1.        Current customers/clients/donors.  Organizations that already have deep roots into social networks can use them for feedback. But it’s also good to use old-fashioned focus groups, with a trained professional to run them. However realize that all of these sources are subjective and subject to change from a variety of external pressures you can’t necessarily control.

2.       Prospective customers/clients/donors.  This one is always a bit harder to pinpoint, but a firm specializing in both quantitative and qualitative survey data can help you hone in on key sub-markets and assess the resonance of your new branding with them.

3.       Vendors.  I know, on first blush this seems odd. But as one of the people who often has to deal with people’s new logos (for multimedia/video production), I’m often struck by how they don’t work across multiple mediums.  Check in with your essential communications vendors–from printers to video producers to webmasters–and be sure that you are considering the fonts and colors that work best in their media.

As you craft your new brand vision, always come back to mission. Consider how your donors, volunteers, policymakers and the public will remain confident that you will provide the value they expect and deserve.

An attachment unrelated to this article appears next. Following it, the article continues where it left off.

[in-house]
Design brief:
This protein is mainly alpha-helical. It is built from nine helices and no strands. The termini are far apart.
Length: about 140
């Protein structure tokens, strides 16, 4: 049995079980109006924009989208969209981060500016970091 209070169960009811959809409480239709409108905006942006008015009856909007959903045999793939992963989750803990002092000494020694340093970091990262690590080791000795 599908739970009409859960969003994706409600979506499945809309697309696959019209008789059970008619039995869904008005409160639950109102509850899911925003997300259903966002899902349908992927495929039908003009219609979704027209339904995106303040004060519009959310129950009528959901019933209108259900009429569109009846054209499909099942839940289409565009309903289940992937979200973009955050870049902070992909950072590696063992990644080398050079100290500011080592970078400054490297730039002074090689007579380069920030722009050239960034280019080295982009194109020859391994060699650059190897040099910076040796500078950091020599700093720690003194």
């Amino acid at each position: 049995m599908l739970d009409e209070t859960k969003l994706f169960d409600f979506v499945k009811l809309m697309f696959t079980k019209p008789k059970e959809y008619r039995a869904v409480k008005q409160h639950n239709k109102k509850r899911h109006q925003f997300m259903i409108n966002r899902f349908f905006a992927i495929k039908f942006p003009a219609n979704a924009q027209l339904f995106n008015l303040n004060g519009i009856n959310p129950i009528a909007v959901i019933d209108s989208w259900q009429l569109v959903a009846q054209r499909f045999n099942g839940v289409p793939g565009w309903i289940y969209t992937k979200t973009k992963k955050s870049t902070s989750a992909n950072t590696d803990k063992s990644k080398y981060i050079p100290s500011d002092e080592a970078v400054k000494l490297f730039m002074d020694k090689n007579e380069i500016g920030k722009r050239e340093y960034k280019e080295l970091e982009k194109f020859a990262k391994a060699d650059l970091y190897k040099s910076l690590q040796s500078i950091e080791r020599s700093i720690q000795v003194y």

To much fanfare and hand-wringing, Virginia’s governor has just declared April to be Confederate History Month. One of the great battles of our Civil War has been on my mind, since I just returned from a family trip to Gettysburg. We’d been several times before, but this time we had a private guide who truly brought the scale and devastation of those terrible three days to life. We walked the battle lines of the Wheat field and saw where men fell in lines at the Peach Orchard.  We imagined the cannon firing into the town, scattering frightened civilians.  We climbed Little Round Top and peered over the edge, imagining a sea of Confederate soldiers charging. And we saw the deadly conclusion in Pickett’s Charge.  And as we moved back and forth from Confederate to Union perspectives, I was reminded of my own divided history:   A Yankee through and through, having been raised in New York and Maryland, I have plenty of Confederates in the family, with ancestors who fought and died at Antietum, and southern  relatives–including a Confederate historian–who remain skeptical about northern ways.

Hidden or Banished Differences May Slow  Success

There are many legacies of our divided history, but one is clear: Americans remain separated politically, socially, economically and even spiritually. So why should my readers care? Because we often hide our differences, or operate in communities of the like-minded, thus subverting the real benefits of diverse perspectives and ideas.